Academic journal article Seoul Journal of Economics

Competition in Two-Sided Platform Markets with Direct Network Effect

Academic journal article Seoul Journal of Economics

Competition in Two-Sided Platform Markets with Direct Network Effect

Article excerpt

(ProQuest: ... denotes formulae omitted.)

I. Introduction

A. Motivation

The greatest revolution triggered by the widespread use of smartphones is that "sharing," "recommending," and "doing activities with friends" have become extremely easy via social networking services (SNS). This "sharing" function allows individuals to appreciate, work on, and evaluate their content with others by simply clicking a "share" button. This convenient function is rapidly transforming conventional content and industries. This trend is mostly aimed to generate direct network externalities.

A real-life transition resulting from the widespread use of smartphones is demonstrated in the way people play games. Before the mobile era, games were frequently played by only one player or with a few others. However, mobile games based on SNS platforms allow users to enjoy the games with their friends or acquaintances whose contacts are in their mobile phones. Players are no longer limited by time and space because they can play a game with anyone at any time through the SNS platforms that the game is based on. For example, Facebook, the social network giant with 1.3 billion users, provides a game platform in which users can complete missions and compare scores with their Facebook friends. Line and Kakao, which are mobile messenger apps with 600 million and 140 million users, respectively, also provide platforms for mobile games. Users can now enjoy playing games with friends on their list and even receive invitations from their friends to keep on playing. Thus, users invite more friends to play games, which significantly contributes to the rapid popularization of mobile games.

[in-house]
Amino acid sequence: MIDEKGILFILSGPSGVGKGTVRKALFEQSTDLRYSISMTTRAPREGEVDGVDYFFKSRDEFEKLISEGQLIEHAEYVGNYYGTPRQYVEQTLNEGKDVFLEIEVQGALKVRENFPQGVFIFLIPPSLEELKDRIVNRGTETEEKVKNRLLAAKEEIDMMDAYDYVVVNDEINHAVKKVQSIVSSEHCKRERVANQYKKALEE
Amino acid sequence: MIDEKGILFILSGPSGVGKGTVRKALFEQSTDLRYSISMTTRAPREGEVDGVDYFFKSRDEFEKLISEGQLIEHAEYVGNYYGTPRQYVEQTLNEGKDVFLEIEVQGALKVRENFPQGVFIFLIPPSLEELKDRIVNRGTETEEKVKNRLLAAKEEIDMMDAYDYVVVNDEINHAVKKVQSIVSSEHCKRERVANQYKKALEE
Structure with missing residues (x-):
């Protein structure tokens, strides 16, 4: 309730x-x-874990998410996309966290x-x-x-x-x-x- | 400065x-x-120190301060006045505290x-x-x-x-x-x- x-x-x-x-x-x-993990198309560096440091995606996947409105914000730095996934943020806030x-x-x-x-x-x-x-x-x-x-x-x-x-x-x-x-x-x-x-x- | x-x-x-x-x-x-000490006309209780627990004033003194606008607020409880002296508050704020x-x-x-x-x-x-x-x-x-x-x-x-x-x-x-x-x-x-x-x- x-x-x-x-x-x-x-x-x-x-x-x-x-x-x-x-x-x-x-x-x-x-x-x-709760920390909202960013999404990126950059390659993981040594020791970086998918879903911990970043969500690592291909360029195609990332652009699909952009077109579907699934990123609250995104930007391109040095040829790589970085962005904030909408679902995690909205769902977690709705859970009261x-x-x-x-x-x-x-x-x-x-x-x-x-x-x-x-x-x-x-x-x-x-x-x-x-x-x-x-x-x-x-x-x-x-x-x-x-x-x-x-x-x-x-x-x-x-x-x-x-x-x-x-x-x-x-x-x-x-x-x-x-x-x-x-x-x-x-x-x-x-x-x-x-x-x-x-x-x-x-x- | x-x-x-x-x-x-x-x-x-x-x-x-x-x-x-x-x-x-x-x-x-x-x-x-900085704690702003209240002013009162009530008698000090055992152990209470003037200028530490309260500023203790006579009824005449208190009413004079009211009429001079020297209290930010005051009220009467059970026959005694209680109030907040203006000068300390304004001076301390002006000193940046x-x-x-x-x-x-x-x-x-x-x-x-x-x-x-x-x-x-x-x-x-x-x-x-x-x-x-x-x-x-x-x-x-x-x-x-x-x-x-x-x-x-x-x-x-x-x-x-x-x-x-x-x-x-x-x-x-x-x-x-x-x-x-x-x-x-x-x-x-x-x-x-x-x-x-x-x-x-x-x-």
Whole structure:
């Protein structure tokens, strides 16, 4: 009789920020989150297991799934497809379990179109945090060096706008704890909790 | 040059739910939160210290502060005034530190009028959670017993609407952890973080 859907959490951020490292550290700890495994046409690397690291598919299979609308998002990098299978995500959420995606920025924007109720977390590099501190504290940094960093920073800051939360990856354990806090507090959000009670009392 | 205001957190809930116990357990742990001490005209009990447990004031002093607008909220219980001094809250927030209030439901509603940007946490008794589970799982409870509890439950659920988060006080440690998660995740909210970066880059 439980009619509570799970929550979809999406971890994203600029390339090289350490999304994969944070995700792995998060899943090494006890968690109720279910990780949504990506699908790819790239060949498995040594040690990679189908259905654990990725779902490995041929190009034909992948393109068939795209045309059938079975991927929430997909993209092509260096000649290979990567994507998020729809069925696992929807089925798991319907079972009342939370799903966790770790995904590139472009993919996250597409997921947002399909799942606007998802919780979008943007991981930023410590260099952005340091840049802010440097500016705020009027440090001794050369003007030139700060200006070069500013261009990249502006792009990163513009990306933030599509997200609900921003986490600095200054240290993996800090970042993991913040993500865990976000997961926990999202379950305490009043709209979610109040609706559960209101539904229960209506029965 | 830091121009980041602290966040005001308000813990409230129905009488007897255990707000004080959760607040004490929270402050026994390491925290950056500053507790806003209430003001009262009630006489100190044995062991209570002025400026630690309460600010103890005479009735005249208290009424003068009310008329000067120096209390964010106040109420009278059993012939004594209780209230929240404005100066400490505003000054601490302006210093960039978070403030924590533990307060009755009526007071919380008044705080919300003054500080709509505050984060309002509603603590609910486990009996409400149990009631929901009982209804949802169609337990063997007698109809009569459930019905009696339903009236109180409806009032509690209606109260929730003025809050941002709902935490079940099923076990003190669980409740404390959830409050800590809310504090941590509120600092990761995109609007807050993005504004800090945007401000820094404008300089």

Another influence of the "sharing" function is demonstrated in the change in the consumption patterns of printed content, such as newspaper and books. Social networks, such as Facebook and Twitter, show articles that the friends of their users have read, recommend topics that users may be interested in based on the articles that their friends are reading, and display these articles on the top of their list. Amazon provides a review service to buyers. Buyers are encouraged to recommend good books and leave reviews for those books, which urge users to purchase books frequently. All these functions are intended to generate direct network effect.

The increasing use of content recommendation services based on the consumption pattern of users' friends has become notable in ecommerce. The movie review website "Watcha" distinguishes itself from other movie review websites by offering a sharing function. Users share their reviews with their Facebook friends, and this practice encourages users to share their movie experiences. Airbnb, the largest website in the world for people who rent out accommodations, provides a sharing function through Facebook or Google accounts. Users can share information about the accommodation facilities where they have stayed to help their friends or acquaintances find good accommodations. This website also provides a "review" from other users, which can generate accurate information as the number of users increases. Thus, these trends of "sharing" or "recommending" allow the identification of "good" products or contents, thereby leading to their frequent consumption. These trends are certainly driven by the widespread use of smartphones. If web-centric software platforms were "likely to produce changes that dwarf the revolution we have seen in the last quarter century (Evans, Hagiu, and Schmalensee (2006))", then this phrase definitely applies to "smartphone-centric" platforms at present.

Services that prompt users to frequently "share," "recommend," "invite," or "do activities" with friends or other users have a two-sided structure. For example, social networks, such as Facebook, Line, and Kakao, provide platforms where users can access, download, and play games with friends (or other users of that service). The games provided through these websites are originally produced by mobile game developers. …

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